Facilities Directory

Built in 2008 with funding from the National Oceanic and Atmospheric Administration, this is one of the finest atmospheric monitoring facilities in the world. Learn More
Installed in 2008 with funding from the National Oceanic and Atmospheric Administration, this system provides 7.5 kW of electrical power year-round to operate the AIRMAP observatory on the island which is ~12 km offshore. Learn More
The Center for Advanced Materials and Manufacturing Innovation (CAMMI) is an entryway into the University of New Hampshire for companies to share their challenges and explore collaboration opportunities. Learn More
In addition to the university's main library, you'll find three libraries at the college devoted to the fields of engineering and physical sciences. Learn More
The Jere A. Chase Ocean Engineering Laboratory, built in 1994, is home to the Center for Ocean Engineering and the headquarters for the Center for Coastal and Ocean Mapping/Joint Hydrographic Center (CCOM/JHC). Learn More
Center for Ocean Renewable Energy
The Coastal Response Research Center (CRRC) was established as a partnership between the National Oceanic Atmospheric Administration (NOAA), through the Office of Response and Restoration (OR&R), and the University of New Hampshire (UNH), through the Environmental Research Group (ERG) in 2004. Learn More
With a goal towards significantly advancing the simulation of flow physics and biogeochemical processes involved in aquatic marine and riverine environments, this effort supported the acquisition of an Environmental Flows Water Tunnel (EFWT). The EFWT accommodates both oscillatory and steady flow for the simulation of horizontal wave velocities, tidal flows, or steady currents with both high- and low-velocity magnitudes. Learn More
Ocean Engineering
UNH is now home to a wind tunnel that is the largest of its type in the world. At 300 feet long, the new Flow Physics Facility (FPF) is the world’s largest scientific quality boundary-layer wind tunnel facility. Learn More
The Judd Gregg Marine Science Complex supports research relating to marine life in the Gulf of Maine in areas ranging from ocean acidification to population biology. Learn More
Built in 1950 and renovated in 2007, the new Kingsbury Hall provides our students the environment they need to learn to become the next generation of scientists, engineers and mathematicians. Learn More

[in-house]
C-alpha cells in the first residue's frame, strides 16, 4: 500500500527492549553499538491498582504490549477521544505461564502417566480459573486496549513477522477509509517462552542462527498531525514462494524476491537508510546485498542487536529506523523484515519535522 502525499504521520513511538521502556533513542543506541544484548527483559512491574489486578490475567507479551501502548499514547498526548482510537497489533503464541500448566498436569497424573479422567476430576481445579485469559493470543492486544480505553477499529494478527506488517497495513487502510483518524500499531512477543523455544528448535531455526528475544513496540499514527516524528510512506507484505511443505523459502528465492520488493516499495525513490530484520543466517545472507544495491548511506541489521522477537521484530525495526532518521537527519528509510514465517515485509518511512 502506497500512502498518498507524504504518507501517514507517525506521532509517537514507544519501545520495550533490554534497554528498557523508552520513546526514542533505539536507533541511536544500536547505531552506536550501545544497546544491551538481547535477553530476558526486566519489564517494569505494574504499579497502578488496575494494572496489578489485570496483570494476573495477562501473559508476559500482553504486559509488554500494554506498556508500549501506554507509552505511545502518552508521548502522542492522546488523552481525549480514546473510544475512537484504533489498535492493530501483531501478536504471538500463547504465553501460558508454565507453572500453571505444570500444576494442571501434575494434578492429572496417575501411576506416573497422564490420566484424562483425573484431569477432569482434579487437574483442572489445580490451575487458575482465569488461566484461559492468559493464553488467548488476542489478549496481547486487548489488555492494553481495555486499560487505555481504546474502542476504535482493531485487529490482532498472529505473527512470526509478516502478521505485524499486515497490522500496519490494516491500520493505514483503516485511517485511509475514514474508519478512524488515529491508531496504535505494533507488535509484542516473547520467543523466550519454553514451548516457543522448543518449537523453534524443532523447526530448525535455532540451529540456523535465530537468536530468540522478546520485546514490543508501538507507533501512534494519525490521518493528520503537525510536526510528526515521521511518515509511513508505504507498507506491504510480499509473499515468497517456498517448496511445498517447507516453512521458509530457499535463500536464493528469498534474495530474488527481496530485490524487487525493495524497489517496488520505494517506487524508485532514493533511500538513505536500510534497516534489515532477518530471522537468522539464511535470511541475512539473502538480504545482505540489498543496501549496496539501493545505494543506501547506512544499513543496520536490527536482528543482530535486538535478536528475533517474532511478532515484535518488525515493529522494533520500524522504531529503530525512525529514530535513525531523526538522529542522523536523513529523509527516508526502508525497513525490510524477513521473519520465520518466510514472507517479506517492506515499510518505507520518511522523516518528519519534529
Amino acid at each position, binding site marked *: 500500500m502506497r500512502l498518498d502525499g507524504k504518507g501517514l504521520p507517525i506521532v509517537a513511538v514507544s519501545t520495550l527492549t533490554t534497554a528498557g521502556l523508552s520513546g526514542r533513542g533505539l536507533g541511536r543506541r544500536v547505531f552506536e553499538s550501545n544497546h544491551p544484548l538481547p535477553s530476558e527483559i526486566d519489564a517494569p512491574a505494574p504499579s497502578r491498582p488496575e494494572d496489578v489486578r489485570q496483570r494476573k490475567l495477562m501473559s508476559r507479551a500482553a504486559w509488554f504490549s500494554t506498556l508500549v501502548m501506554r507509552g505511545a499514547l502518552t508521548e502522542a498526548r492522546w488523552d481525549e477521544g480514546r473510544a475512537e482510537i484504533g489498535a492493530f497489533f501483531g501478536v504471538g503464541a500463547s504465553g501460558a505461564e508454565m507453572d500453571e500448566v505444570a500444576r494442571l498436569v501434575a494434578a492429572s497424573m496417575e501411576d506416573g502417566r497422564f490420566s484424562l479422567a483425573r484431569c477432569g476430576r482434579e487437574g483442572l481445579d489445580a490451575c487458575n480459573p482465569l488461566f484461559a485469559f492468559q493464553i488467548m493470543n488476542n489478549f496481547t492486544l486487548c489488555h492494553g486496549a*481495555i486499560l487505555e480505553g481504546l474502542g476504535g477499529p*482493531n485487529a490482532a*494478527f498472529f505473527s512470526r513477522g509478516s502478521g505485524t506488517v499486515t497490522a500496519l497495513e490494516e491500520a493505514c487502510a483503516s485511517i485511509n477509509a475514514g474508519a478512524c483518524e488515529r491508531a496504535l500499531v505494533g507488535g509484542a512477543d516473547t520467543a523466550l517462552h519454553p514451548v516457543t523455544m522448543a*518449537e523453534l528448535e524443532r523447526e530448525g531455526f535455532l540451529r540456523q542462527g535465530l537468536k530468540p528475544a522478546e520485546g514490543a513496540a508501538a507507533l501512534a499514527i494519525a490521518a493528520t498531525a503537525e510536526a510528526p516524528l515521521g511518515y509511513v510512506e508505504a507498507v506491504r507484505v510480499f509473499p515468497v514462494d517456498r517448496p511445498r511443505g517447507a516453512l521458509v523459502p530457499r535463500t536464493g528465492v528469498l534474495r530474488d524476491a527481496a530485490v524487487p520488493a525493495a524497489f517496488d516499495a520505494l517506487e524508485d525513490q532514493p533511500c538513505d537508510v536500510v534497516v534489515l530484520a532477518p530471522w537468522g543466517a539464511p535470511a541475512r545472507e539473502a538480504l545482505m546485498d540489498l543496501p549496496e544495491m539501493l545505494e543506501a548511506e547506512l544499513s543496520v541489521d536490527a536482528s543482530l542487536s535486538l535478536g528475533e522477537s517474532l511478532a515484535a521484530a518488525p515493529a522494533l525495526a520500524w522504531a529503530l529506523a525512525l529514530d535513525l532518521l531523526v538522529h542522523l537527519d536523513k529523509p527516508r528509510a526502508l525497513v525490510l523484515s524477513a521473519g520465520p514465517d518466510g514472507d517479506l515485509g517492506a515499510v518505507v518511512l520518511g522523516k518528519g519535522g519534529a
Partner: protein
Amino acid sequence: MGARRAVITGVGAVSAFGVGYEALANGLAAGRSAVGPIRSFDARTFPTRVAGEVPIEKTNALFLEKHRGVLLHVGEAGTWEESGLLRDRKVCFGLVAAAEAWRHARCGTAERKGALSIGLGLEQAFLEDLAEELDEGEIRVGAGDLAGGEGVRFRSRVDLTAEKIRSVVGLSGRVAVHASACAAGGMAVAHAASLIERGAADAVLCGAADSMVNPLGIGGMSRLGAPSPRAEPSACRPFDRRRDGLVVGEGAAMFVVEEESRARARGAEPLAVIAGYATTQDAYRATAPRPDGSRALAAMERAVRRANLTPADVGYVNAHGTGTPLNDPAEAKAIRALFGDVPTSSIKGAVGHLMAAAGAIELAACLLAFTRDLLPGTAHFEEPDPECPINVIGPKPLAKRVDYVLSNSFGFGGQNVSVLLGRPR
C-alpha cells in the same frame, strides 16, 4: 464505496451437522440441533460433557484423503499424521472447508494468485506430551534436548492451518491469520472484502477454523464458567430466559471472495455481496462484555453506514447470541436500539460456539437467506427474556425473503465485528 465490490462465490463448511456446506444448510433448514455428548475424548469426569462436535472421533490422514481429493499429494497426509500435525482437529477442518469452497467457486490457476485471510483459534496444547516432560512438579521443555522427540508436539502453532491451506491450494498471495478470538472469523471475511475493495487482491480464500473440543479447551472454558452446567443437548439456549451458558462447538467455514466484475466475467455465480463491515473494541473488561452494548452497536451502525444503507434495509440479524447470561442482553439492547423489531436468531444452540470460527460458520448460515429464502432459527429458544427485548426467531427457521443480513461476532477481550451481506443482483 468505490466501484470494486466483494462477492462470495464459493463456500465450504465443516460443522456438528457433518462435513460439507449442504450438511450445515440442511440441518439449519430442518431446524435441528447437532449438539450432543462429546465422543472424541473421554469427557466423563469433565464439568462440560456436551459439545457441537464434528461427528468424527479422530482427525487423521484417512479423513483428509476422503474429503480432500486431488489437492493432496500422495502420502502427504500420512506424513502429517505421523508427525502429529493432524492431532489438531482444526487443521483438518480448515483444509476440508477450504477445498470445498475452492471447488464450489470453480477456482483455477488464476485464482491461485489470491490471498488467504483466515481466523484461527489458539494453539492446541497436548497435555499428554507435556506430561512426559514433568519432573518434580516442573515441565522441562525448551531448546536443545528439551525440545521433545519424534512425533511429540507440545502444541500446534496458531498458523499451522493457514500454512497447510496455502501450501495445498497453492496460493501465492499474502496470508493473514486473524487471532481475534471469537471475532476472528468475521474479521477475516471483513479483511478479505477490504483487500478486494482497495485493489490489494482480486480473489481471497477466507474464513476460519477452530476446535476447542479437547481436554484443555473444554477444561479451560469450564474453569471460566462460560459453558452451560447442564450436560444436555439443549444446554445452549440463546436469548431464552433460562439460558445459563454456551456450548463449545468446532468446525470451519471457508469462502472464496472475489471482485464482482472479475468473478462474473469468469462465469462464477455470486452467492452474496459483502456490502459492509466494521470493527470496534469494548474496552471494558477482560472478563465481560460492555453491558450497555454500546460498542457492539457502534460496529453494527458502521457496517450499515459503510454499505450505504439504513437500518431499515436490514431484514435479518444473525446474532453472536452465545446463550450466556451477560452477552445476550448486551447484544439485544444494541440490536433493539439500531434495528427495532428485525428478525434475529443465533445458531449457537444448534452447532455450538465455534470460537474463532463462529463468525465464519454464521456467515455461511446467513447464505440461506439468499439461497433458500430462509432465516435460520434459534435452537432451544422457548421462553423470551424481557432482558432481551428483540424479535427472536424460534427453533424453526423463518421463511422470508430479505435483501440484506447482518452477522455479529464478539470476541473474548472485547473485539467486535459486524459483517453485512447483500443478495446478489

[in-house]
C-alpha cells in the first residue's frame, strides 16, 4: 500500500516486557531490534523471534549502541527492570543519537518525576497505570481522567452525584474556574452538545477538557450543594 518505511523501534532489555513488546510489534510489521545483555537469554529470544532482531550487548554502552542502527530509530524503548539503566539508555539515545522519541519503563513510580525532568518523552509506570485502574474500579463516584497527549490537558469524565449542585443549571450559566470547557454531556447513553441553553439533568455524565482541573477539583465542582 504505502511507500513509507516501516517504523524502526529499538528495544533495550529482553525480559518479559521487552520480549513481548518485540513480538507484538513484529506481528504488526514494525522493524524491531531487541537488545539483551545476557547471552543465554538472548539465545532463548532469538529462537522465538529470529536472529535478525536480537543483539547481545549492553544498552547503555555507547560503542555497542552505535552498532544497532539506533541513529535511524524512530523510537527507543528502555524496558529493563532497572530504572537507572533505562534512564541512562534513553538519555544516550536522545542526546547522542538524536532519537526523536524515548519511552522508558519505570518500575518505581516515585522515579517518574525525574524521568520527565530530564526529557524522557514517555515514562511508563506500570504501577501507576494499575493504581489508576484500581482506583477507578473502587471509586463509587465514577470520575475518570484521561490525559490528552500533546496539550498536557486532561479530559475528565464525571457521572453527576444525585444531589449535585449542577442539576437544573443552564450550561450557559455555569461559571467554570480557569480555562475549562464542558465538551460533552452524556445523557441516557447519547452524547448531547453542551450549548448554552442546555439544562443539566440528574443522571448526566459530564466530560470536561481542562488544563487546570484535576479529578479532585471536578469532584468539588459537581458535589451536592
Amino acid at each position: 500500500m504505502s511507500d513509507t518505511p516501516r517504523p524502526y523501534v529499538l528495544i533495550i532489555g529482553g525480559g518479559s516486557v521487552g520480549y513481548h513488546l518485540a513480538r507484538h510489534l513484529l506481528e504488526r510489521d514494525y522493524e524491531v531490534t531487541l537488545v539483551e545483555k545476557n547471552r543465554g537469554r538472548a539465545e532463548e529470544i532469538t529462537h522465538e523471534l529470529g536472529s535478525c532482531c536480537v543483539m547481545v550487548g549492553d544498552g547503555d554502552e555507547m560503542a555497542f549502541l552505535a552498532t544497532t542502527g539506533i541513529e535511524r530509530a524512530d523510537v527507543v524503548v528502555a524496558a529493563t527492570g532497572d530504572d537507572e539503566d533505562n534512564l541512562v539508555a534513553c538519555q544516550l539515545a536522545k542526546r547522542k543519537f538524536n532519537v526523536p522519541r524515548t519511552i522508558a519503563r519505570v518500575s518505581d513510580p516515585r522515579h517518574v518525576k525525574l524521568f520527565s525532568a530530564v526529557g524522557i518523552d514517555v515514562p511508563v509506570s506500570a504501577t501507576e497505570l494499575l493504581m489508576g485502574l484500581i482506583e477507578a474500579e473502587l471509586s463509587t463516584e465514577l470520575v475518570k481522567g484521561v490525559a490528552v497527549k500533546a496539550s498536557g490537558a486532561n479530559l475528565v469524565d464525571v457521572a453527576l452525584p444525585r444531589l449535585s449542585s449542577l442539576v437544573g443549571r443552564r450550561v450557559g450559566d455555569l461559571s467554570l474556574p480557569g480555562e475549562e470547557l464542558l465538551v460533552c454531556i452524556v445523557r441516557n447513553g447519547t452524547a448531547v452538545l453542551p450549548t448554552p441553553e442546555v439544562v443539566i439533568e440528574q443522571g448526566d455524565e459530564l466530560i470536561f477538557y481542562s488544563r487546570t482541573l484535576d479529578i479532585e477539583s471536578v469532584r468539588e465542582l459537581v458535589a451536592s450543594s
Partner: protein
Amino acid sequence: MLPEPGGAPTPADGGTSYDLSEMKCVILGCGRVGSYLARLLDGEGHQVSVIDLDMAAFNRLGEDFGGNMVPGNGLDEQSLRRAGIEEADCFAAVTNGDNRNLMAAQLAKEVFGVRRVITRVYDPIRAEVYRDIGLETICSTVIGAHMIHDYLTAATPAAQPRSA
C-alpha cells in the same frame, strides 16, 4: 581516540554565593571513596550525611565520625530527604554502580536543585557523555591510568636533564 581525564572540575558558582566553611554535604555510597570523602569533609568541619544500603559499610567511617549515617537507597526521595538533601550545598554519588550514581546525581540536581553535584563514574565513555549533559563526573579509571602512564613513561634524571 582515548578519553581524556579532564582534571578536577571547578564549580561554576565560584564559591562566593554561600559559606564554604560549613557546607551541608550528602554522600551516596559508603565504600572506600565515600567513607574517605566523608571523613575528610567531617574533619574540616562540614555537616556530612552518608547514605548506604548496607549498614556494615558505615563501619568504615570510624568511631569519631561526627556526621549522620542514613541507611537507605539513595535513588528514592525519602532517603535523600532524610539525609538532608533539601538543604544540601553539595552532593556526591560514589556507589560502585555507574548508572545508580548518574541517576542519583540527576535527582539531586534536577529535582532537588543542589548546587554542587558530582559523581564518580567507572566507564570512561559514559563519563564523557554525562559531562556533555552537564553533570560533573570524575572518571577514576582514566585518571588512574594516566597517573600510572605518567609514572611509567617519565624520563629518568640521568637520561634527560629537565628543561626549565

State-of-the-art and world-class help describe the classrooms, teaching labs, offices, libraries, and student project space available within the College of Engineering and Physical Sciences. Learn More
The UNH tidal energy test site is at the General Sullivan Bridge where the Lower Piscataqua enters Little Bay through a constriction. The tidal range is nominally 8.2 ft (2.5 m), and approximately 40 percent of the volume of Great Bay flows under the bridge every tidal cycle. This results in peak current speeds of greater than 4 knots (2 m/s), as well as relatively short periods of slack water and a steep current speed ramp-up. UNH-CORE faculty have modeled the dynamics of this tidal system in several studies. Learn More
Center for Ocean Renewable Energy
AMAC's goal is to provide the research and development necessary to stimulate an environmentally sustainable offshore aquaculture industry in New England and nationwide. Learn More
The UNHSC is dedicated to the protection of water resources through effective stormwater management. Learn More
The wave energy test site is located at the UNH Atlantic Marine Aquaculture (AMAC) site, which covers an area of 30 acres in 170 ft (52 m) of water approximately 6 miles from the New Hampshire coast. It has been successfully deployed under extreme New England winter conditions as a demonstration site for open ocean aquaculture for the past 10 years. The site has a subsurface mooring system and a large feed buoy (AMAC) is available as a useable platform and a potential end user load for any wave energy extraction device. Learn More
Center for Ocean Renewable Energy